How Clutter Affects Your Productivity

You want to be productive, to accomplish more, to do things faster, but with less effort.

Because when you’re able to do this, you have time to do all the other things you want to do in life. You can have more time for your family, for your friends, and for having fun.

You can enjoy all of this by learning how to better manage your time and tasks. It sounds simple and it can be. But, there’s actually something you need to do first. You need to optimize your environment so you can get better results. And, that typically means clearing the clutter.

Clutter prevents you from being productive.

Clutter is one of the biggest obstacles to accomplishing your goals. When you can’t find things, you waste time. When you’re constantly pulled off focus because your eyes are drawn to the big mound of dirty laundry, the stack of dusty books in the corner, or the empty coffee mugs on your desk, you automatically decrease your productivity.

Clutter takes a variety of forms.

Physical Clutter

Physical clutter is, by far, the most common and obvious type of clutter. You can see it. It takes up physical space. It can make it impossible to work or, if it’s really extreme, to move around your environment with ease. Everything from papers to client files, from stacks of books to your collection of gadgets — all of these things can be categorized as clutter.

Mental Clutter 

This can take the form of thoughts, beliefs and attitudes. They act as filters through which you interpret everything in life. These may be habitual ways of thinking that don’t serve you and which may be detrimental to your well-being, not to mention your relationships with others. These take a bit more effort to clear, but it can be done. Creating a more productive mindset, by processing and clearing false beliefs, is the foundation of the personal development movement.

As our lives are being transformed by bits and bytes, you now have to deal with digital clutter. One example is when you work with a dozen tabs open on your computer browser. There might be a reason why you need a few of them open, but more than likely, they’re creating more distraction and actually decreasing your productivity. Additional examples include a disorganized hard drive or cloud space, a messy computer desktop, or passwords that are scattered all over the place.

How does clutter make you feel?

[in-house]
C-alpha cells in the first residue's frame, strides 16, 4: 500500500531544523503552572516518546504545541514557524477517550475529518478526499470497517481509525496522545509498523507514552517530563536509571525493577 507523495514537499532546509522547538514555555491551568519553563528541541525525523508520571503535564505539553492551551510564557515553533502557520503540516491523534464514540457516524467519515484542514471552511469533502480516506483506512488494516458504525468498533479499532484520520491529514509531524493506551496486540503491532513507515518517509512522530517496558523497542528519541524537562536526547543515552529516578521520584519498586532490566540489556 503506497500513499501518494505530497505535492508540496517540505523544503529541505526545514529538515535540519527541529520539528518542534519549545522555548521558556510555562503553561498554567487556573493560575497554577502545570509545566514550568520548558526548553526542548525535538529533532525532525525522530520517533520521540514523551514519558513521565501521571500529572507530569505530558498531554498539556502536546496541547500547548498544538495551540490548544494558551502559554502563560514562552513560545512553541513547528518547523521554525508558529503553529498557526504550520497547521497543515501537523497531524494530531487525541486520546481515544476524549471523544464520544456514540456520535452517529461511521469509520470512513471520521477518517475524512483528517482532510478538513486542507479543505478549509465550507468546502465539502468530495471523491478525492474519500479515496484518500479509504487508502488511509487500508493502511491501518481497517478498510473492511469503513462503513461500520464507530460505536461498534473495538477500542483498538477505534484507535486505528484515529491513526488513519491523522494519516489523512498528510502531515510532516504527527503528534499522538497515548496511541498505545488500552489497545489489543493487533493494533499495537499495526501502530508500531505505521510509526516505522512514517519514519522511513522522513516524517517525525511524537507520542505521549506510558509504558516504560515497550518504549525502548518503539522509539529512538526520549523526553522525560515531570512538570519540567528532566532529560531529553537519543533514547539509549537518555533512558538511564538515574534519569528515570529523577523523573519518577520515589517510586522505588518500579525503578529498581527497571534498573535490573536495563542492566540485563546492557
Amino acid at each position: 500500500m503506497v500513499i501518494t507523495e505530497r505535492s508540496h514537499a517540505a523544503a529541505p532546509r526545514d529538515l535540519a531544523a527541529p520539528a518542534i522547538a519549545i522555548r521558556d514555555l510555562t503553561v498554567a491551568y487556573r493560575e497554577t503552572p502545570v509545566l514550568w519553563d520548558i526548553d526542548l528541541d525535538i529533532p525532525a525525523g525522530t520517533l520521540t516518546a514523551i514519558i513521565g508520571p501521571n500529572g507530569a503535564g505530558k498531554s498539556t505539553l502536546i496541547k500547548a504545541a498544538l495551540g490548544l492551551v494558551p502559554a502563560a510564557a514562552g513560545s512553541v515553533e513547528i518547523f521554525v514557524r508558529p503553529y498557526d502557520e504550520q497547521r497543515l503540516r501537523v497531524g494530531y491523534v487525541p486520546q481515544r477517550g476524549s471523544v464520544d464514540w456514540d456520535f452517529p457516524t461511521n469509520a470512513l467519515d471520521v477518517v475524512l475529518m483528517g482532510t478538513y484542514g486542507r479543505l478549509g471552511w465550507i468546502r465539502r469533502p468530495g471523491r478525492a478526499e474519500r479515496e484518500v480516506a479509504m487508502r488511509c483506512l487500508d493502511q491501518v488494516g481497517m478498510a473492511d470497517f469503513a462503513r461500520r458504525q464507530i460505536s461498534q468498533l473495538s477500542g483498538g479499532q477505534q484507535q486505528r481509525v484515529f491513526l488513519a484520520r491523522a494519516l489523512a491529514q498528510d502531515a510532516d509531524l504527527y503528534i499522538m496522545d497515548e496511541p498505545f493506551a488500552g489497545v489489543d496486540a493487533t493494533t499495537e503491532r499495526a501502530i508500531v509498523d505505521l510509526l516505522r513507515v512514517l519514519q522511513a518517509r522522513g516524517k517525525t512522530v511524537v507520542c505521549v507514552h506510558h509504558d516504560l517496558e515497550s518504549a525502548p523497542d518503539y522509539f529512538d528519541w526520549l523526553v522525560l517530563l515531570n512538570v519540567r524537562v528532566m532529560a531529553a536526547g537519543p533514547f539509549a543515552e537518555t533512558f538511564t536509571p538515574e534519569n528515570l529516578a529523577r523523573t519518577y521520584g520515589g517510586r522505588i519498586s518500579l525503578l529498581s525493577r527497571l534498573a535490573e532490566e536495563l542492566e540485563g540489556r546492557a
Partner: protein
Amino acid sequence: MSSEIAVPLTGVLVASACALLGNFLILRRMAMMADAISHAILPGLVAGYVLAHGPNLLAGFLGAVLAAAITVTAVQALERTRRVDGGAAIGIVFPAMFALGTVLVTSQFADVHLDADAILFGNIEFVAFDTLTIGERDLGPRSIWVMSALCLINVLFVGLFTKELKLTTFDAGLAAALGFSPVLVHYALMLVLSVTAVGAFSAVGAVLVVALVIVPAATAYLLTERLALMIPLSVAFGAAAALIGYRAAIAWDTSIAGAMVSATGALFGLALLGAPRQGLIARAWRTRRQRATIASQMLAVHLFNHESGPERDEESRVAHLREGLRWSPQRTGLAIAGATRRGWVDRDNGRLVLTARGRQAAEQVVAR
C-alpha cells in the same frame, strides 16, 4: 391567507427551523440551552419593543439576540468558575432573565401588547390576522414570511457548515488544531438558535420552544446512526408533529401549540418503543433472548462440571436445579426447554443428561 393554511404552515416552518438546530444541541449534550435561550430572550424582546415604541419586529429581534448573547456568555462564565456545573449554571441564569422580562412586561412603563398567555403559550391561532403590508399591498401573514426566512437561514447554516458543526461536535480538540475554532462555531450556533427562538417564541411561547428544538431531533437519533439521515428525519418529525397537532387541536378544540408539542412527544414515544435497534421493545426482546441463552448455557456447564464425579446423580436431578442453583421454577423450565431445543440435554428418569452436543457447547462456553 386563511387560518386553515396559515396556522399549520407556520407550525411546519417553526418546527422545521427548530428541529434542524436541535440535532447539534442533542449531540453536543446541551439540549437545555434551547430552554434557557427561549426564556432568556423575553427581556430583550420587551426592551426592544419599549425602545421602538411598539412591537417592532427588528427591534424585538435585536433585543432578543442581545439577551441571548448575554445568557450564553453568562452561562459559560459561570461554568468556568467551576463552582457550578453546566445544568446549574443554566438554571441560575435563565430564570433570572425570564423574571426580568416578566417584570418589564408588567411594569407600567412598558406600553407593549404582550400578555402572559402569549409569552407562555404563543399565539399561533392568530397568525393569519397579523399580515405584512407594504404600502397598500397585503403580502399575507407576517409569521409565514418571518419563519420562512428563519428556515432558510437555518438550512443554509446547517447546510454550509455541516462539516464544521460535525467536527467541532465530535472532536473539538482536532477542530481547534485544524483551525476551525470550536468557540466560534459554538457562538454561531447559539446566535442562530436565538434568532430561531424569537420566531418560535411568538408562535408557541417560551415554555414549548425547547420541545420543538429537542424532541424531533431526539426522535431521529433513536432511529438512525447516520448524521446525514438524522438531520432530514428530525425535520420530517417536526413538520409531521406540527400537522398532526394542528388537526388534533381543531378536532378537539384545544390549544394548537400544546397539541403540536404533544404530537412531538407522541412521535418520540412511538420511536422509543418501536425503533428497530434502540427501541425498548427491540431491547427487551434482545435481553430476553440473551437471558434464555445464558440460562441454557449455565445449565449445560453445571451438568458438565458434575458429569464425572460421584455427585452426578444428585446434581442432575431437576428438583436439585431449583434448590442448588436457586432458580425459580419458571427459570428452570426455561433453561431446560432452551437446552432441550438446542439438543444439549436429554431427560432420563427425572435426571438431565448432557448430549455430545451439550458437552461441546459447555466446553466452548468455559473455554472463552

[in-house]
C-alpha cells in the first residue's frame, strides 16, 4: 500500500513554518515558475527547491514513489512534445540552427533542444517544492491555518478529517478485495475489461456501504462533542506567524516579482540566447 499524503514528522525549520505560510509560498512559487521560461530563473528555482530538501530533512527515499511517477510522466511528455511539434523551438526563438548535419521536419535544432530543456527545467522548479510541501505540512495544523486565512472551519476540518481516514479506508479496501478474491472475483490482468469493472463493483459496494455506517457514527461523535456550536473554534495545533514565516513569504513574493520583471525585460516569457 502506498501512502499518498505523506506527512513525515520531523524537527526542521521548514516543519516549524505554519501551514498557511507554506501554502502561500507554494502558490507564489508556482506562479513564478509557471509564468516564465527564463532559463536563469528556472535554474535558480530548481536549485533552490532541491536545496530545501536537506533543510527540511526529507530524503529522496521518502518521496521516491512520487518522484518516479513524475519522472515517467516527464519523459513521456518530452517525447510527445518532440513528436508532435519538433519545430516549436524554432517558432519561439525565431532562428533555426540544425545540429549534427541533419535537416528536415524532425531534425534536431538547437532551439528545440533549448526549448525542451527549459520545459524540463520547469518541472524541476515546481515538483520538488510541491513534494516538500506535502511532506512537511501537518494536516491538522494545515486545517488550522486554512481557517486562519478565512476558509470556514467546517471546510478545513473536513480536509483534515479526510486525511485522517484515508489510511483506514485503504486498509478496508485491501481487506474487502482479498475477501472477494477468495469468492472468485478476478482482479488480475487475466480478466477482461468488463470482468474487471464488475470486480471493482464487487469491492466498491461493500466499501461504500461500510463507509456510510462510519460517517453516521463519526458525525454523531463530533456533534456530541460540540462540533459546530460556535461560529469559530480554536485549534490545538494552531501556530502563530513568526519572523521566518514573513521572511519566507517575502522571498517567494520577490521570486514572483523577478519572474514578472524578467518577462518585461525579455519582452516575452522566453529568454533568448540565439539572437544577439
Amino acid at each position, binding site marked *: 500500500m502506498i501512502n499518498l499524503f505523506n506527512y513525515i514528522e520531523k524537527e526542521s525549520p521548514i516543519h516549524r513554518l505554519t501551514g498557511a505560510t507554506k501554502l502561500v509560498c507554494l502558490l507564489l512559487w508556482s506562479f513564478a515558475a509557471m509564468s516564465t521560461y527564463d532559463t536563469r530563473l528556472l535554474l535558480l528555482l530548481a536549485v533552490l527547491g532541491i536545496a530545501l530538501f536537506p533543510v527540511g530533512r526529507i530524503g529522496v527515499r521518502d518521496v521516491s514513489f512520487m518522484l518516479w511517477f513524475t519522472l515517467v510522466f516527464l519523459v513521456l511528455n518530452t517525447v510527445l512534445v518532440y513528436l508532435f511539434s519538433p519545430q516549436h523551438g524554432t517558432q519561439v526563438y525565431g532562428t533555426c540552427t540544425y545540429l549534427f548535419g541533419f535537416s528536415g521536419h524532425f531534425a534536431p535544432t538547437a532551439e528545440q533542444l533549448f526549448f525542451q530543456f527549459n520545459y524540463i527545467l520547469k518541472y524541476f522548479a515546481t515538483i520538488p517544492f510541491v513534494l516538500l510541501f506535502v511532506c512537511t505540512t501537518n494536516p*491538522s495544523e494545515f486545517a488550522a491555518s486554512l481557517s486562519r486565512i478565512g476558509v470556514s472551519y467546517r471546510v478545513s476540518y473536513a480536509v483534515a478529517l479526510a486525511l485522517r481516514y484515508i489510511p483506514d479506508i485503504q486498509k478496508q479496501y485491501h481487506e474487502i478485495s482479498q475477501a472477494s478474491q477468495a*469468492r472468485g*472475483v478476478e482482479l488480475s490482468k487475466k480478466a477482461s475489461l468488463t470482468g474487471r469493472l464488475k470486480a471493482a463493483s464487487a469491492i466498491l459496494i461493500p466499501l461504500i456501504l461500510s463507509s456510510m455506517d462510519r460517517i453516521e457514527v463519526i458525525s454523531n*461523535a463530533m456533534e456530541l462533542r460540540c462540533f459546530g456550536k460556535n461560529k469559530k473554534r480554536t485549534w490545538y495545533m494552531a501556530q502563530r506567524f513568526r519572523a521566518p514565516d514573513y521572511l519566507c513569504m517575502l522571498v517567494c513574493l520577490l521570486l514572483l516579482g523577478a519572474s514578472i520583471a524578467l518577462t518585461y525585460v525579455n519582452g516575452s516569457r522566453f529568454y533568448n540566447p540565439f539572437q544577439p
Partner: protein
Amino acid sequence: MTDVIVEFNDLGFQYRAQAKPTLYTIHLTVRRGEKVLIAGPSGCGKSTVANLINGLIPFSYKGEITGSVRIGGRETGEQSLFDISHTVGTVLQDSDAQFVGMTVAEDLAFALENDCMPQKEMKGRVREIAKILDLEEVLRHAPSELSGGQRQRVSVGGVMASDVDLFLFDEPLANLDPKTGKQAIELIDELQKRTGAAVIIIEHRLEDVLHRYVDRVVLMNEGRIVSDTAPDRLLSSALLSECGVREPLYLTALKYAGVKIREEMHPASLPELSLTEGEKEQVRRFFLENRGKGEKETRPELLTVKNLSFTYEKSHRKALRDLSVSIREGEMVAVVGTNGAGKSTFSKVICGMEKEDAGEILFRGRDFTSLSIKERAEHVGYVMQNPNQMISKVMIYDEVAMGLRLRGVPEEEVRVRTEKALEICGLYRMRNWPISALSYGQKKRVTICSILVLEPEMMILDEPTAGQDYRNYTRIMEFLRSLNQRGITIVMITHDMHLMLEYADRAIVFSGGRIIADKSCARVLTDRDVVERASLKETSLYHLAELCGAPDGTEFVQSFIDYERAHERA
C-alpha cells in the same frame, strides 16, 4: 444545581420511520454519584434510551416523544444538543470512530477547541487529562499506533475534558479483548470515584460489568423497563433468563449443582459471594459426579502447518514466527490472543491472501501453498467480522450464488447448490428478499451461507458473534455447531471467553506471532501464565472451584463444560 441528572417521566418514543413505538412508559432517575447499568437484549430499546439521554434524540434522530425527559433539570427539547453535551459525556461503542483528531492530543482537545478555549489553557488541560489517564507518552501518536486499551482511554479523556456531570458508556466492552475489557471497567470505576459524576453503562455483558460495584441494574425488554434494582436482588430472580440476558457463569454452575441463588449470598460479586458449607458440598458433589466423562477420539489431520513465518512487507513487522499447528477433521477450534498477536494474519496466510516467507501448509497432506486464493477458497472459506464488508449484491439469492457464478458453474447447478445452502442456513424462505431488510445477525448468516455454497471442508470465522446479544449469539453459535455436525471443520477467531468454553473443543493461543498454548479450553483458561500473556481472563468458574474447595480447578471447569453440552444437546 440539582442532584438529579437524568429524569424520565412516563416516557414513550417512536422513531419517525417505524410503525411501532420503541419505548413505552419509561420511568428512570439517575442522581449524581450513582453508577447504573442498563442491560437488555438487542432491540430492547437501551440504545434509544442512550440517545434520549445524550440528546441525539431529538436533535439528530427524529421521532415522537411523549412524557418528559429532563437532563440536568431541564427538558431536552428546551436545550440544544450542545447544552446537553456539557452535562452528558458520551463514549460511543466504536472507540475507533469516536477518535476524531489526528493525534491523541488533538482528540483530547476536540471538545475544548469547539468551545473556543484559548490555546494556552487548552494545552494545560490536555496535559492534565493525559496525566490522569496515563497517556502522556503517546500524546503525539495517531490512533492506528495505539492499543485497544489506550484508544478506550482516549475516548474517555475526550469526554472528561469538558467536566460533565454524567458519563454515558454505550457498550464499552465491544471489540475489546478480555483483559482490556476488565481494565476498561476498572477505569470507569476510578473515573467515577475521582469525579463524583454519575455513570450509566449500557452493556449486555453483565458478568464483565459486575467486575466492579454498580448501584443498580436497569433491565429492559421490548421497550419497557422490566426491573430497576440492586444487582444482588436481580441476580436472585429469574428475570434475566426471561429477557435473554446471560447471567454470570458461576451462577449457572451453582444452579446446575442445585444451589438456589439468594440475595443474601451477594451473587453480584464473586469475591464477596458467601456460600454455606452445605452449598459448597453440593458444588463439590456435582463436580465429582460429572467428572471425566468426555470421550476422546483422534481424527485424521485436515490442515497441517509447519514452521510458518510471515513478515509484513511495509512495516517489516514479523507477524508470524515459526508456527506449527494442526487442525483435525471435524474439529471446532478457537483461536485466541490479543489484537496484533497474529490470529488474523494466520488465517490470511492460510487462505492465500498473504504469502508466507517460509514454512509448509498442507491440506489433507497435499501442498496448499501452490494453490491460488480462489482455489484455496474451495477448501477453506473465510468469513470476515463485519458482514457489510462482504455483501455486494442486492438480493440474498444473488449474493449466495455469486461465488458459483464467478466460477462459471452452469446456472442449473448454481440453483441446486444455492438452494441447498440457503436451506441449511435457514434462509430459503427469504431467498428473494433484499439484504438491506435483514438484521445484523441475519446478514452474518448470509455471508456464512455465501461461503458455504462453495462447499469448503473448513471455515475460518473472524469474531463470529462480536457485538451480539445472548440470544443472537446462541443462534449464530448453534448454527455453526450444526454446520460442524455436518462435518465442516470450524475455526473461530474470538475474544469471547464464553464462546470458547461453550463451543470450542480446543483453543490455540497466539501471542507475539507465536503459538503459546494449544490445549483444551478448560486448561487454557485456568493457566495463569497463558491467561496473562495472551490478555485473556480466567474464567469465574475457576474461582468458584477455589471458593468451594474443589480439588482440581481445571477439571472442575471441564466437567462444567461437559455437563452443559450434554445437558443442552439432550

We all know that serene feeling of gazing upon a simple garden or walking into a spotlessly clean room or office. It’s freeing, uplifting, and, most of all, inspiring. The environment feels spacious and calm, even if it’s a small space.

Similarly, we all know how the opposite feels. If you walk into a messy, cluttered home or office, it feels stressful, constricted, and can sometimes trigger feelings of anxiety. Our eyes are taking in a lot of visual stimuli which triggers our brain to try to make sense of it all.

Think about how your own clutter makes you feel. Do you feel like sitting at your desk? Are you excited to dive into your work to accomplish the tasks at hand? Do you feel calm, focused, and ready to make things happen?

If you have clutter in your midst, the answer is likely “no.” Relaxing is impossible. Clutter feels chaotic, heavy and burdensome. It pulls you in many directions as you try to find your focus. It’s a constant visual reminder that you haven’t handled something. It’s like a visual To Do List!

The good news is that you can clear the clutter. Whether you’re clearing mental, physical, or digital clutter, you’re in control. You can take daily actions to design an environment that feels good for you.

Take Action!

The next step — take action!

The first thing to do is to assess your mental, physical, and digital clutter. If you’re not quite ready to dive into clearing clutter, simply make a list of things you want to clear. It’s easiest to start with physical clutter. You’d be surprised how wonderful you can feel by taking focused action in this one area.

Once your list is complete, decide to focus on one thing only. To prevent feelings of overwhelm, start with one small area — maybe your work desk or your file cabinet (or even one drawer of a file cabinet).

Next, set a timer for 15 minutes and sort through everything very quickly, discarding anything that is old, outdated or no longer needed. Challenge yourself to repeat this process each day for 7 days — either within the same area or select a new one. If you can focus on this for longer than 15 minutes, go for it. Otherwise, limit yourself to short periods of time

The reason for short clutter clearing sessions is that it begins to surface emotions and create mental exhaustion. For some folks, it’s very uncomfortable to make decisions about keeping or discarding things. If you need assistance, consider enlisting the services of a professional organizer who can either coach you through the process or who can work alongside you to make the process easier.

Clutter doesn’t serve you. Rather, it stands in the way of everything you want to do. Once you understand how it affects you, you can make different choices. Take just one small action each day and see it change how you feel and your overall productivity. You’ll be happy you did!

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